Mustard greens appear in the top four vegetables that are especially high in phenols. Phenols are chemical compounds that have strong inhibitory effects against the mutation of cells and formation of cancer. Other cancer fighting compounds in mustard greens are antioxidants. These substances prevent cell damage that leads to mutations in DNA and can be very dangerous to the body.

Mustard greens also has benefits directly in your liver and your blood. They are potent detoxifiers and can cleanse the liver and the blood by pulling environmental toxins from the blood stream, neutralize heavy metals and help eliminate pesticides from your body.

 

Other benefits of mustard greens:
  • High in fiber, which can help control cholesterol levels by interfering with absorption in the gut. Fiber also helps lower the amount of toxins in your digestive tract by lowering high blood pressure
  • High in vitamin K, which is a major vitamin important in bone building, blood clotting and removing calcium from places that it shouldn’t be.
  • Over 50% of your daily vitamin C in 1 cup of mustard greens, which is important in the body’s repair process. Vitamin C can help prevent cell damage, maintain healthy tissue build collagen and maintain blood vessels.

NOTE: If you are taking a blood thinner (warfarin/coumadin) talk with your doctor before consuming foods high in vitamin K.

 

Benefits of Mustard Seed

Mustard seed is used as whole seeds or ground up into a fine powder, which is what gives the mustard condiment its spicy taste.

Mustard seed, like other vegetables in the Brassica family, contain a phytonutrient called glucosinolates as well as an enzyme called myrosinase. When this phytonutrient and enzyme come together during the chopping, chewing, or grinding process they form another phytonutrient called isothiocyanates.

Glucosinolates + myrosinase = isothiocyanates

Eating high amounts of these phytonutrients have been shown in animal studies to inhibit the growth of cancer calls and protect against the formation of new cells.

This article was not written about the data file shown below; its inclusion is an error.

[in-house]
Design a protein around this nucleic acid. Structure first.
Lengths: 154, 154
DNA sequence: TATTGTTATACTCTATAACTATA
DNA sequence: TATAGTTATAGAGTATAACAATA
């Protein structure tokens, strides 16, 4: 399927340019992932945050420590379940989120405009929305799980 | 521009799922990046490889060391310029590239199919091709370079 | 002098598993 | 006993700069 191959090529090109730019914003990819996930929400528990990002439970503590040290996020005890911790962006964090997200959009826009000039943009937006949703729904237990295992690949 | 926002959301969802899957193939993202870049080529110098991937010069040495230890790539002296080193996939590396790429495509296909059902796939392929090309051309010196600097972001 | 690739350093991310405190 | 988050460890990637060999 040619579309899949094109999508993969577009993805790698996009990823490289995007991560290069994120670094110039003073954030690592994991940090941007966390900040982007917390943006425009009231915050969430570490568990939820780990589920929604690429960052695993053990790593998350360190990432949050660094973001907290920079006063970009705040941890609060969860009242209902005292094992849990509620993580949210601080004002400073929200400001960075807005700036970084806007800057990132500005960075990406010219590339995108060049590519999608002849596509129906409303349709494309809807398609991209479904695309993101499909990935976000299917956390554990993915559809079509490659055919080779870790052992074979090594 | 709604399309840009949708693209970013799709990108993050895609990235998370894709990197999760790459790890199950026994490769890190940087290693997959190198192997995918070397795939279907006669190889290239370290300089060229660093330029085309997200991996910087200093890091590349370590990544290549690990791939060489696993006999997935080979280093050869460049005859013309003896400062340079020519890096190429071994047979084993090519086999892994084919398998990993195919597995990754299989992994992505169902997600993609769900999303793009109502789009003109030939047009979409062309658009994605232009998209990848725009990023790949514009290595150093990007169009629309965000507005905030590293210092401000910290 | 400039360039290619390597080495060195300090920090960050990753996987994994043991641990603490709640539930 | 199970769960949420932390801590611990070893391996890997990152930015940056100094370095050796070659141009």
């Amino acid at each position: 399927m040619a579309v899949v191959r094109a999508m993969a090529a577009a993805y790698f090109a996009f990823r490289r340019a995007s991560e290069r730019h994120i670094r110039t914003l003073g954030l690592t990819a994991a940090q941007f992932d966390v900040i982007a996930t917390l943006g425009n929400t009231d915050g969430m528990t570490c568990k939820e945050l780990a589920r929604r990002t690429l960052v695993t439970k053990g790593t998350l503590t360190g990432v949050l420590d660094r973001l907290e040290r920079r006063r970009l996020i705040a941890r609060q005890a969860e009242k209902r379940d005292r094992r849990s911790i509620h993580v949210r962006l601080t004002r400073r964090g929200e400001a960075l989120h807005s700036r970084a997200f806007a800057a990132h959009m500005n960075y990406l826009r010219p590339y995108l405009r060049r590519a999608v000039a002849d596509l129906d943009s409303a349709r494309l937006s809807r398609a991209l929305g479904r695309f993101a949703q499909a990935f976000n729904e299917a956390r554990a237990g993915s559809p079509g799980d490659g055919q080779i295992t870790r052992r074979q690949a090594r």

This benefit only applies in the raw vegetable/spice. When heated, the myrosinase enzyme is denatured (killed off) and the vegetable does not have a chance to create isothiocyanates. For this reason, anytime I cook a vegetable in the Brassica family, I have been adding mustard powder after cooking. This readds the myrosinase enzyme back into the food so that it can work with the glucosinolates to create isothiocyanates.

Mustard seeds are also a great source of other nutrients:

  • 1 Tablespoon of Mustard powder has 25% of your daily needs of selenium. This mineral helps reduce the severity of asthma, helps prevent cancer and decreases symptoms of rheumatoid arthritis.
  •  There is a higher amount of omega-3 fatty acids compared to omega-6 fatty acids which is an unusual find in our food supply. Omega-3 fatty acids have numerous anti-inflammatory benefits and on average we are getting more omega-6 fats in our diets than we really need.

 

A couple of ways to start adding mustard to your day!

Sprinkle mustard seed on your cooked Brassica vegetables: cauliflower, cabbage, broccoli, Brussel sprouts, kale.

Add whole mustard seed to a coleslaw recipe.

Add some Dijon mustard to your favorite vinaigrette dressing.

Use Rachel Schultz’ recipe and mix Dijon mustard with maple syrup for a marinade on chicken

Marinade salmon fillets in Dijon mustard and white wine.

Resources:

http://www.whfoods.com/genpage.php?tname=foodspice&dbid=106

http://nutritiondata.self.com/facts/spices-and-herbs/194/2

http://articles.mercola.com/sites/articles/archive/2016/10/17/mustard-greens-seeds-health-benefits.aspx

http://pubs.acs.org/doi/pdf/10.1021/bk-1992-0506.ch001

https://draxe.com/mustard-greens-nutrition/

Eggs as Functional Food

Eggs as a Functional Food – Why They Should Be Part of Your Diet

Eggs as Functional Food

Eggs can be a delicious and nutritious part of a healthy diet. In fact, if your diet allows, I would argue that they should be a regular part of your healthy diet. In moderation, of course.

Let’s talk about eggs as a functional food. A functional food is a food that has positive effects on health beyond basic nutrition.

 

First, What Are the Basics?

Eggs are in expensive and a moderate source of calories that provide significant nutrition. Here’s the breakdown for 1 large egg (or about 50g).

nutrition facts eggs

This nutrition label shows that eggs are a good source of protein and unsaturated fat and contain no carbohydrates. Despite this facts, eggs get a lot of grief for their high levels of saturated fat and cholesterol. We used to think there was a link between egg consumption and increased risk of heart disease, now it appears that research is unclear but that eggs can be part of a healthy diet.

 

Fast forward to present time: